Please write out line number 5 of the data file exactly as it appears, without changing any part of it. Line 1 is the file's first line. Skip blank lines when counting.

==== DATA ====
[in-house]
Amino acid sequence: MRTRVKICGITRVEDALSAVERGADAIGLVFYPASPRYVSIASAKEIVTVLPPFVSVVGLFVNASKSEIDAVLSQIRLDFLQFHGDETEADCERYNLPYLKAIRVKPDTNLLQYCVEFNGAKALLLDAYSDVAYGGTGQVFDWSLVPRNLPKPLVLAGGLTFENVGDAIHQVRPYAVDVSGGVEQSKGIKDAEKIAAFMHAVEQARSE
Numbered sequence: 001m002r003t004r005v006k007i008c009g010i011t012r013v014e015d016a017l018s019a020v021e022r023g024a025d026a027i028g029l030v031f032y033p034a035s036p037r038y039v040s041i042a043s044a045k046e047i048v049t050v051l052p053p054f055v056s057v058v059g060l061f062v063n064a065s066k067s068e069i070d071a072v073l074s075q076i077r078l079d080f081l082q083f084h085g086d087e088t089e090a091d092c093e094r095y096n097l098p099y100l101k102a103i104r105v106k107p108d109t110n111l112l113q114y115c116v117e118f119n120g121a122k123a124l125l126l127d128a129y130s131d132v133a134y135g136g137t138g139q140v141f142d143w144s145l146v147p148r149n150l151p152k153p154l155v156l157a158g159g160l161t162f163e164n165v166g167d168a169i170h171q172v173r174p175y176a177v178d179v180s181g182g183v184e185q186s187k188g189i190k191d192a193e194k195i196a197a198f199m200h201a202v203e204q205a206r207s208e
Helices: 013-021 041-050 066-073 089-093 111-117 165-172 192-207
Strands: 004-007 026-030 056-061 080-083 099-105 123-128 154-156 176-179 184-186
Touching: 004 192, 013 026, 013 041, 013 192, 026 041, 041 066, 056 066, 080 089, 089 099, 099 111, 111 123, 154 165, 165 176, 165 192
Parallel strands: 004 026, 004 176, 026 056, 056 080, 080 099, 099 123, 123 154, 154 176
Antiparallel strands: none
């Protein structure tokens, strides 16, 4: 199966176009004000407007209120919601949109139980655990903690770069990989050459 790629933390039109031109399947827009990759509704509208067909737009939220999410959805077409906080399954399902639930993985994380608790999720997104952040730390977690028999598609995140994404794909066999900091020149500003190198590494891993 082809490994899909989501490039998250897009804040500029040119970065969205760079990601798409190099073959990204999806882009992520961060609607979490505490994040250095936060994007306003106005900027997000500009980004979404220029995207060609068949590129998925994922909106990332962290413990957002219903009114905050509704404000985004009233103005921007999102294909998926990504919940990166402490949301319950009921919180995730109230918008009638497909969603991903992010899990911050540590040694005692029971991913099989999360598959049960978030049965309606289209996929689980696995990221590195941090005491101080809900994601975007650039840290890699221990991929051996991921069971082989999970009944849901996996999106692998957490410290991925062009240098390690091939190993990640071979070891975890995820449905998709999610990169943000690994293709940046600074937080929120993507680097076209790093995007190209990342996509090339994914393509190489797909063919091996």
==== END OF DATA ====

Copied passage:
Strands: 004-007 026-030 056-061 080-083 099-105 123-128 154-156 176-179 184-186